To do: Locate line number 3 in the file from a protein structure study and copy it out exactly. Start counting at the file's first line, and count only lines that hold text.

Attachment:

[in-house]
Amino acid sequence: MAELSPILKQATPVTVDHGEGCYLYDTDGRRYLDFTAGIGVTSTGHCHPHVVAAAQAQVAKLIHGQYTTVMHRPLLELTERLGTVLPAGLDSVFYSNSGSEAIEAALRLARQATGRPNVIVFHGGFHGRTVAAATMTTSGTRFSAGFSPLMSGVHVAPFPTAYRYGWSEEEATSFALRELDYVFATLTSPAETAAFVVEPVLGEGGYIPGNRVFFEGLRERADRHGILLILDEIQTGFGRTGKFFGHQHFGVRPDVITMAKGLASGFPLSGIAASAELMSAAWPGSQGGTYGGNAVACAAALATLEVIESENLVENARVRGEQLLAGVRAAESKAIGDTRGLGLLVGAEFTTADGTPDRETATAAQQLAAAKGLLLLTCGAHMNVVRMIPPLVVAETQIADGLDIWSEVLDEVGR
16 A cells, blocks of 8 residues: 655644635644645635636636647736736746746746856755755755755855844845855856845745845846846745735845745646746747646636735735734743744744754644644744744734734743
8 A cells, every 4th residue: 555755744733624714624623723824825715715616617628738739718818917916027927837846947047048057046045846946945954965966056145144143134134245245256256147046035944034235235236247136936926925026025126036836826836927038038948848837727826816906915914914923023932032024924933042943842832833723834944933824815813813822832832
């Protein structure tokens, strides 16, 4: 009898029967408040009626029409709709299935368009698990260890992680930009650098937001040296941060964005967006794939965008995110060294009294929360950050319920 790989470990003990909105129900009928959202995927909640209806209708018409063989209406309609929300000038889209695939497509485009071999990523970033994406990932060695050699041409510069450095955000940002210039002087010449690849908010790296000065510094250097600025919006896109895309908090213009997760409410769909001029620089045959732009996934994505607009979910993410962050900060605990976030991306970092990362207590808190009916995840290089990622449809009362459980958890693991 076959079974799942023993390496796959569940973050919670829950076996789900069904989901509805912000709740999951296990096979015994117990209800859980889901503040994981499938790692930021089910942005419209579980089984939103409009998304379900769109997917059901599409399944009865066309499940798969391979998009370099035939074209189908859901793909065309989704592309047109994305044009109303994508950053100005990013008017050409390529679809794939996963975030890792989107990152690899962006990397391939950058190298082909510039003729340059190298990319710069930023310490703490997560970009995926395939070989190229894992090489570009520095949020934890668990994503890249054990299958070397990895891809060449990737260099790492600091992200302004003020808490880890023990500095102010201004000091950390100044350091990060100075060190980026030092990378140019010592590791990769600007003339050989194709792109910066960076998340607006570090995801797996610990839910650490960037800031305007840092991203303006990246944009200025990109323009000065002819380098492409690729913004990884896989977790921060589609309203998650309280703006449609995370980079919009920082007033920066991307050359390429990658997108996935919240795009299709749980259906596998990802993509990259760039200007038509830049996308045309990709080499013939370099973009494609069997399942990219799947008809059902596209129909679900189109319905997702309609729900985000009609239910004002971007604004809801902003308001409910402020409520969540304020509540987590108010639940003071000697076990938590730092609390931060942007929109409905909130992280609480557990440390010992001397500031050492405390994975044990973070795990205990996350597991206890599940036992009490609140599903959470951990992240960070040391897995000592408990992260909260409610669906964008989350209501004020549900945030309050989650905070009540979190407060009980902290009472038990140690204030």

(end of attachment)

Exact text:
16 A cells, blocks of 8 residues: 655644635644645635636636647736736746746746856755755755755855844845855856845745845846846745735845745646746747646636735735734743744744754644644744744734734743